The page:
Aboard the M/S Mount Washington (New Hampshire): One of the more majestic views of the White Mountains is from Lake Winnipesaukee to the south. The vista is especially appealing from the deck of the Mount Washington, a handsome 230-foot vessel that offers a variety of tours on the lake through mid-October. The fringe of fall color along the shoreline is a welcome bonus. See "The Lake Winnipesaukee Region," in chapter 6.
Crawford Notch (New Hampshire): Route 302 passes through this scenic valley, where you can see the brilliant red maples and yellow birches high on the hillsides. Mount Washington stands guard in the background and, in fall, is likely to be dusted with an early snow. See "Crawford Notch," in chapter 7.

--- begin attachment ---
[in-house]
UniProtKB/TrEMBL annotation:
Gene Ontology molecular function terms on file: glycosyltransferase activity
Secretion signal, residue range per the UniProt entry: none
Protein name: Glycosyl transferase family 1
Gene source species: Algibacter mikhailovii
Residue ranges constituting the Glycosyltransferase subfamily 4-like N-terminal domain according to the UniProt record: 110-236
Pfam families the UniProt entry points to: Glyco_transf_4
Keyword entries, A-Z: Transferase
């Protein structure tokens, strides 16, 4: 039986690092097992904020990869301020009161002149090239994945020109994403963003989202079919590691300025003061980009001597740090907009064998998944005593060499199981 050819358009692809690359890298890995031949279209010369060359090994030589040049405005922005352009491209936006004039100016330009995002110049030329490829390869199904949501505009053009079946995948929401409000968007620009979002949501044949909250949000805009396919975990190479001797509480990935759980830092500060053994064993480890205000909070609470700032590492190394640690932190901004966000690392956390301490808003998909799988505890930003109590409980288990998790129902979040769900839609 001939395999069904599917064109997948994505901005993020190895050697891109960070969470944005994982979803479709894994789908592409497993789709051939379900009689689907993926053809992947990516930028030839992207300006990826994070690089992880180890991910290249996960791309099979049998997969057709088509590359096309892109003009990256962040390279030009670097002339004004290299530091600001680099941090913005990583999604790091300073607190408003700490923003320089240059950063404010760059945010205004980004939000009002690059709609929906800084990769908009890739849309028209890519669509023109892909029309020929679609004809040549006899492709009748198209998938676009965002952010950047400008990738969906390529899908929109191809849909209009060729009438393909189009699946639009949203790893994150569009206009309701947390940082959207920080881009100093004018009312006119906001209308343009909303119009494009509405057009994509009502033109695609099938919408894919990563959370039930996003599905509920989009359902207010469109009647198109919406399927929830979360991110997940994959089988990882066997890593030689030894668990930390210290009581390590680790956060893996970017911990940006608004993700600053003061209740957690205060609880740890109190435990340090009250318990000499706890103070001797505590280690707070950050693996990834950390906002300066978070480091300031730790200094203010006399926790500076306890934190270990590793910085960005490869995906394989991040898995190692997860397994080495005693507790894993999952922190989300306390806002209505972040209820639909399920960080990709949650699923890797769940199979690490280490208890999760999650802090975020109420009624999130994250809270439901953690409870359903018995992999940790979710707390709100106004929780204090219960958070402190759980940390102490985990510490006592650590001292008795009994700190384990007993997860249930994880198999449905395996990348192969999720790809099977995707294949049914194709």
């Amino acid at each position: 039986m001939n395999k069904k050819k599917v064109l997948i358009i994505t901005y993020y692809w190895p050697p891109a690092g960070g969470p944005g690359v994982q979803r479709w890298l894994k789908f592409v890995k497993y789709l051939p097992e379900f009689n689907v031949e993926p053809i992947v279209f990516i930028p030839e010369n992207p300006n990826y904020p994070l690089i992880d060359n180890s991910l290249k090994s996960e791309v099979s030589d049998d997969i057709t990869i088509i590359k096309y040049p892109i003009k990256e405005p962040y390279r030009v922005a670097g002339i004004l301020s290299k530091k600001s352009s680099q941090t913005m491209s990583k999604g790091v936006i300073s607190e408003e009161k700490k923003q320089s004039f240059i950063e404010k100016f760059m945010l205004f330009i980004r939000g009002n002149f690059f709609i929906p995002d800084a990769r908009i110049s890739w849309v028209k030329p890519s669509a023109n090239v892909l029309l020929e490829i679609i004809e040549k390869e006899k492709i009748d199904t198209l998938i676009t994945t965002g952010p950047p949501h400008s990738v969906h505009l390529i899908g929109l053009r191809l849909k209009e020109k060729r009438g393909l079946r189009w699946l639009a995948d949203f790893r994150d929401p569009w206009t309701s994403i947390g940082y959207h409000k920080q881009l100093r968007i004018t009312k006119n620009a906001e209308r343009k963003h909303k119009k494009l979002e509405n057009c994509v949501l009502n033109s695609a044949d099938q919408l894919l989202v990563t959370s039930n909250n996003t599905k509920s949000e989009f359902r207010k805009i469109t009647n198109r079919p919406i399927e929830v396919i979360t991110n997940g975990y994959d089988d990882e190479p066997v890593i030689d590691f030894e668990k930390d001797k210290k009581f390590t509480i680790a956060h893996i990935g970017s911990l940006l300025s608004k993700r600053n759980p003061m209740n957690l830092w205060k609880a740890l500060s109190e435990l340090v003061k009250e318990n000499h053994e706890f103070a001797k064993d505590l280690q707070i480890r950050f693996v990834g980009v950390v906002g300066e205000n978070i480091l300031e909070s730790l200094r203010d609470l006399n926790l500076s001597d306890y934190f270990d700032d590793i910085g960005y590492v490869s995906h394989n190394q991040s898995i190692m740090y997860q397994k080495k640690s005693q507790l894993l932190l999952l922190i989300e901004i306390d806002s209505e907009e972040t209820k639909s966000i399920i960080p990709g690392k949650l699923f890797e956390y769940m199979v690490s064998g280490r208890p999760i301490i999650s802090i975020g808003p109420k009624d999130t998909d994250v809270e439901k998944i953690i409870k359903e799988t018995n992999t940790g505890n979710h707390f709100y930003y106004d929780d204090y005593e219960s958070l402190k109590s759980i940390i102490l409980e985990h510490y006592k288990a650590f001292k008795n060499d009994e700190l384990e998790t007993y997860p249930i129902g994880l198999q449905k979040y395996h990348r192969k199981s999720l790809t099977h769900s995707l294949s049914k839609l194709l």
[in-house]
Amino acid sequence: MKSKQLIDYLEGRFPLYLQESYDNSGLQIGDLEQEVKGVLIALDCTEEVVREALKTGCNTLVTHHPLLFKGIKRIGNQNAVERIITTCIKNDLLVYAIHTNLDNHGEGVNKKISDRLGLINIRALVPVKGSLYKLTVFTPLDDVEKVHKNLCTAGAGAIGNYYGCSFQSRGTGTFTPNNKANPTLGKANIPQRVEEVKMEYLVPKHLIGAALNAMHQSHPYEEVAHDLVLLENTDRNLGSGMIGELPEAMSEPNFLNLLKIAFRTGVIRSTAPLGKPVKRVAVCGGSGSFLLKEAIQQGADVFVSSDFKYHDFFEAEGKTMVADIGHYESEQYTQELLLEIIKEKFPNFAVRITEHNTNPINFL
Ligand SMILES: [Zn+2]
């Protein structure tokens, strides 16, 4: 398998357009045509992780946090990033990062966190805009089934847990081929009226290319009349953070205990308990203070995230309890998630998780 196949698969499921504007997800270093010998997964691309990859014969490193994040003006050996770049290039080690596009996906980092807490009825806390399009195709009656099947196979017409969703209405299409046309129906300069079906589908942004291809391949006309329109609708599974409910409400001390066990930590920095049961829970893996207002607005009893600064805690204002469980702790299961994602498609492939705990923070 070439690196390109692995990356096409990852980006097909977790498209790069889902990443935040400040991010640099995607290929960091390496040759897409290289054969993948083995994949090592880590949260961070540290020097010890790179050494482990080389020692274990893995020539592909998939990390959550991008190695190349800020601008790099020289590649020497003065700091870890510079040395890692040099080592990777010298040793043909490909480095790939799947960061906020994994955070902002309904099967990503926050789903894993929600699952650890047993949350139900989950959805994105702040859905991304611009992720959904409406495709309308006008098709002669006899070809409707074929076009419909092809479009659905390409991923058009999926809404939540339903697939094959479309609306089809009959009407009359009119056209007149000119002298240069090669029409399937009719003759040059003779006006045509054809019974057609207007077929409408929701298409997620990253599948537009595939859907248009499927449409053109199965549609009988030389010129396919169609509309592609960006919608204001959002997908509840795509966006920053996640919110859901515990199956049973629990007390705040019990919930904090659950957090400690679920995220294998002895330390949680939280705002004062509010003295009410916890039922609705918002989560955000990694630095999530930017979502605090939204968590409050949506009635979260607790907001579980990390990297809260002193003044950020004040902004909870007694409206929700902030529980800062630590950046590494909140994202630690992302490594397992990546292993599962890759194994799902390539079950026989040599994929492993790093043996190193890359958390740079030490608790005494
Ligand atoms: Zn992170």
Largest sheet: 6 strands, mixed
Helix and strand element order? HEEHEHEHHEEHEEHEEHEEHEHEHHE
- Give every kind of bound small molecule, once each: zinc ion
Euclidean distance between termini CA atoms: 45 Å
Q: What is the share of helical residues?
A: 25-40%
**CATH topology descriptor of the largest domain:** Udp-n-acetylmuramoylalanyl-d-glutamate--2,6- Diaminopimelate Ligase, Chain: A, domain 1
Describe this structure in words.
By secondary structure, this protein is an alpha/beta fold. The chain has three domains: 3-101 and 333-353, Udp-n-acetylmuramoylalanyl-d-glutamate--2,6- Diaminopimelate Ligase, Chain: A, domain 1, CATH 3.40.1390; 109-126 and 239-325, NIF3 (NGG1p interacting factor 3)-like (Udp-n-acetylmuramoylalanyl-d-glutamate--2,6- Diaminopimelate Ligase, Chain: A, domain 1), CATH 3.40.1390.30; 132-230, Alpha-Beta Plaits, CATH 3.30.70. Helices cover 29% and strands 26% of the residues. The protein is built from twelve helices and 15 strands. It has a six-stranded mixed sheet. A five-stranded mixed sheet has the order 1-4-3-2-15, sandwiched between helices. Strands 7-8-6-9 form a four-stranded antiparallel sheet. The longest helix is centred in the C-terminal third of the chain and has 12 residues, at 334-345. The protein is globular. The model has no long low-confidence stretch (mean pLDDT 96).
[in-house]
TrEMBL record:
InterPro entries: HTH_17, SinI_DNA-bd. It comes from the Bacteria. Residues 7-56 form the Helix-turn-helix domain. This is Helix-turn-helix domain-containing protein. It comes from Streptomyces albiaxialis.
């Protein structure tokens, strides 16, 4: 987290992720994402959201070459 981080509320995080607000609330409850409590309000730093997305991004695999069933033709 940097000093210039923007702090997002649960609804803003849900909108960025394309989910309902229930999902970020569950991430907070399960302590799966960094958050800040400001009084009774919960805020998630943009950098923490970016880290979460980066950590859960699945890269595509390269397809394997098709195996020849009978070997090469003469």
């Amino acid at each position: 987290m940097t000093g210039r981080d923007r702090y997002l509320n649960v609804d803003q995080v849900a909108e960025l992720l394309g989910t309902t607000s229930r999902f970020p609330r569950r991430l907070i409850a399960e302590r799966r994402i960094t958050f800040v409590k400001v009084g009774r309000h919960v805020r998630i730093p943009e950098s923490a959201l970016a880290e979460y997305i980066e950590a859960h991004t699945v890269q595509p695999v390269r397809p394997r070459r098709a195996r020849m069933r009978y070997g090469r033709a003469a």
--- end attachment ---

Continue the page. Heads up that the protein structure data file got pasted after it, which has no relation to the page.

Blueberry barrens of Downeast Maine: Maine's wild blueberry barrens turn a brilliant cranberry-red in fall, setting the fields ablaze with color. Wander the dirt roads northeast of Cherryfield through the upland barrens, or drive Route 1 between Harrington and Machias past the experimental farm atop, of course, Blueberry Hill. See chapter 8.
4 The Best Coastal Views
Bicycle Route 1A, Hampton Beach to Portsmouth (New Hampshire): With a sampling of all sorts of coastal scenery on New Hampshire's minuscule coastline, you begin with sandy beaches, then pass rocky headlands and handsome mansions before coasting into Portsmouth, the region's most scenic seaside city. See "The Seacoast," in chapter 6.